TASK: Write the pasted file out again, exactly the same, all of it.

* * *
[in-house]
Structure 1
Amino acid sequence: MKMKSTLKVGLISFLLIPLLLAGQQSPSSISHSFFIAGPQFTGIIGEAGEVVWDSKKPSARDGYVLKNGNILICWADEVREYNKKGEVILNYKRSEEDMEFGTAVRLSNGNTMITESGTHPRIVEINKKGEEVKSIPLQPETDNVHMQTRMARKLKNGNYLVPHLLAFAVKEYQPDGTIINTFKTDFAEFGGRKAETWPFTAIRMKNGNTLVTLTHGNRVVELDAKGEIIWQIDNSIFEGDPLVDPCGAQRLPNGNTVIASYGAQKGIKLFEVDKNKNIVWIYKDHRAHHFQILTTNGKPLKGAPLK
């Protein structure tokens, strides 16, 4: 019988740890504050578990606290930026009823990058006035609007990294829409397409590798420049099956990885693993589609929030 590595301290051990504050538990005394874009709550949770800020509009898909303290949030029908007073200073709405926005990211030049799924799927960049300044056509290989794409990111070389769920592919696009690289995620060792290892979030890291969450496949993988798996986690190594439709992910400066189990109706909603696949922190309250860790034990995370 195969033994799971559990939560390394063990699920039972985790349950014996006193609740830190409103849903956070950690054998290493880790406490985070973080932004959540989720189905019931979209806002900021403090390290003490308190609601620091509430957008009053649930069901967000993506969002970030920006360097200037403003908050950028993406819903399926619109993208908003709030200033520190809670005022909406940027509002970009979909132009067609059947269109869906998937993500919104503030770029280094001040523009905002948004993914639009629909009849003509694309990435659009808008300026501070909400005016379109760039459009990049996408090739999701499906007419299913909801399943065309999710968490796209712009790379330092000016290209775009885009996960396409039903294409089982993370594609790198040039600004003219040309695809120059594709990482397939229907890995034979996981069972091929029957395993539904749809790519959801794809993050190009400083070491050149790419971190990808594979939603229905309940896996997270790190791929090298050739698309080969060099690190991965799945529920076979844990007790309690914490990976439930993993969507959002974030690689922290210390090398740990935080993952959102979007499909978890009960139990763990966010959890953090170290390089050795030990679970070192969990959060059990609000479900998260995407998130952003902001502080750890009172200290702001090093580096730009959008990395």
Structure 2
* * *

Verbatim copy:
[in-house]
Structure 1
Amino acid sequence: MKMKSTLKVGLISFLLIPLLLAGQQSPSSISHSFFIAGPQFTGIIGEAGEVVWDSKKPSARDGYVLKNGNILICWADEVREYNKKGEVILNYKRSEEDMEFGTAVRLSNGNTMITESGTHPRIVEINKKGEEVKSIPLQPETDNVHMQTRMARKLKNGNYLVPHLLAFAVKEYQPDGTIINTFKTDFAEFGGRKAETWPFTAIRMKNGNTLVTLTHGNRVVELDAKGEIIWQIDNSIFEGDPLVDPCGAQRLPNGNTVIASYGAQKGIKLFEVDKNKNIVWIYKDHRAHHFQILTTNGKPLKGAPLK
């Protein structure tokens, strides 16, 4: 019988740890504050578990606290930026009823990058006035609007990294829409397409590798420049099956990885693993589609929030 590595301290051990504050538990005394874009709550949770800020509009898909303290949030029908007073200073709405926005990211030049799924799927960049300044056509290989794409990111070389769920592919696009690289995620060792290892979030890291969450496949993988798996986690190594439709992910400066189990109706909603696949922190309250860790034990995370 195969033994799971559990939560390394063990699920039972985790349950014996006193609740830190409103849903956070950690054998290493880790406490985070973080932004959540989720189905019931979209806002900021403090390290003490308190609601620091509430957008009053649930069901967000993506969002970030920006360097200037403003908050950028993406819903399926619109993208908003709030200033520190809670005022909406940027509002970009979909132009067609059947269109869906998937993500919104503030770029280094001040523009905002948004993914639009629909009849003509694309990435659009808008300026501070909400005016379109760039459009990049996408090739999701499906007419299913909801399943065309999710968490796209712009790379330092000016290209775009885009996960396409039903294409089982993370594609790198040039600004003219040309695809120059594709990482397939229907890995034979996981069972091929029957395993539904749809790519959801794809993050190009400083070491050149790419971190990808594979939603229905309940896996997270790190791929090298050739698309080969060099690190991965799945529920076979844990007790309690914490990976439930993993969507959002974030690689922290210390090398740990935080993952959102979007499909978890009960139990763990966010959890953090170290390089050795030990679970070192969990959060059990609000479900998260995407998130952003902001502080750890009172200290702001090093580096730009959008990395």
Structure 2